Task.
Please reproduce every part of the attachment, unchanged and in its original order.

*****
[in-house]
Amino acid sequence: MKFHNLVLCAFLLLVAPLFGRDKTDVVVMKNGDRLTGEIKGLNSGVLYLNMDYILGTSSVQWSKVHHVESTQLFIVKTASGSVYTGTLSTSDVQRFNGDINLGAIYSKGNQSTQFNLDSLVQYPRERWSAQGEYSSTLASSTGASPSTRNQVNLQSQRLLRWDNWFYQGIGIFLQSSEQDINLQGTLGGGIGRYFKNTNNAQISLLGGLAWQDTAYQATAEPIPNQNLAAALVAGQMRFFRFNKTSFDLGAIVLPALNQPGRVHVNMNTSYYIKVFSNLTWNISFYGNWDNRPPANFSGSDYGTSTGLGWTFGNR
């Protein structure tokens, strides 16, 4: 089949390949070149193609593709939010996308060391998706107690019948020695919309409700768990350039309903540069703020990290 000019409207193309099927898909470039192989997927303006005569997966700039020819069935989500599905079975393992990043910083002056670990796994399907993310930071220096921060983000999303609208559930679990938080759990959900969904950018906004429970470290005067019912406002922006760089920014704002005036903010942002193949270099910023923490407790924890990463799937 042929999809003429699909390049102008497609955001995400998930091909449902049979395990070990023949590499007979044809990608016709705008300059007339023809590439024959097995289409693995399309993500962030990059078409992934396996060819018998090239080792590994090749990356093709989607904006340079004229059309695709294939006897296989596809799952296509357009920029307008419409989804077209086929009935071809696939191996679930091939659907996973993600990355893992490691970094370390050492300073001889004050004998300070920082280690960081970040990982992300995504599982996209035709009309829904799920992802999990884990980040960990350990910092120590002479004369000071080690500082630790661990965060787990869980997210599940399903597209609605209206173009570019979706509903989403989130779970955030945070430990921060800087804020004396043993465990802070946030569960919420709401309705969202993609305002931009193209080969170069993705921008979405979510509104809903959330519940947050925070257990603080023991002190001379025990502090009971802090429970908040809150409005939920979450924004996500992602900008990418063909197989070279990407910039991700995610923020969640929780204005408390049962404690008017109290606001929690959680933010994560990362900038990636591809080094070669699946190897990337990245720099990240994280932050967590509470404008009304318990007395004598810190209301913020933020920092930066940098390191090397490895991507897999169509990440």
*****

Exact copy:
[in-house]
Amino acid sequence: MKFHNLVLCAFLLLVAPLFGRDKTDVVVMKNGDRLTGEIKGLNSGVLYLNMDYILGTSSVQWSKVHHVESTQLFIVKTASGSVYTGTLSTSDVQRFNGDINLGAIYSKGNQSTQFNLDSLVQYPRERWSAQGEYSSTLASSTGASPSTRNQVNLQSQRLLRWDNWFYQGIGIFLQSSEQDINLQGTLGGGIGRYFKNTNNAQISLLGGLAWQDTAYQATAEPIPNQNLAAALVAGQMRFFRFNKTSFDLGAIVLPALNQPGRVHVNMNTSYYIKVFSNLTWNISFYGNWDNRPPANFSGSDYGTSTGLGWTFGNR
């Protein structure tokens, strides 16, 4: 089949390949070149193609593709939010996308060391998706107690019948020695919309409700768990350039309903540069703020990290 000019409207193309099927898909470039192989997927303006005569997966700039020819069935989500599905079975393992990043910083002056670990796994399907993310930071220096921060983000999303609208559930679990938080759990959900969904950018906004429970470290005067019912406002922006760089920014704002005036903010942002193949270099910023923490407790924890990463799937 042929999809003429699909390049102008497609955001995400998930091909449902049979395990070990023949590499007979044809990608016709705008300059007339023809590439024959097995289409693995399309993500962030990059078409992934396996060819018998090239080792590994090749990356093709989607904006340079004229059309695709294939006897296989596809799952296509357009920029307008419409989804077209086929009935071809696939191996679930091939659907996973993600990355893992490691970094370390050492300073001889004050004998300070920082280690960081970040990982992300995504599982996209035709009309829904799920992802999990884990980040960990350990910092120590002479004369000071080690500082630790661990965060787990869980997210599940399903597209609605209206173009570019979706509903989403989130779970955030945070430990921060800087804020004396043993465990802070946030569960919420709401309705969202993609305002931009193209080969170069993705921008979405979510509104809903959330519940947050925070257990603080023991002190001379025990502090009971802090429970908040809150409005939920979450924004996500992602900008990418063909197989070279990407910039991700995610923020969640929780204005408390049962404690008017109290606001929690959680933010994560990362900038990636591809080094070669699946190897990337990245720099990240994280932050967590509470404008009304318990007395004598810190209301913020933020920092930066940098390191090397490895991507897999169509990440």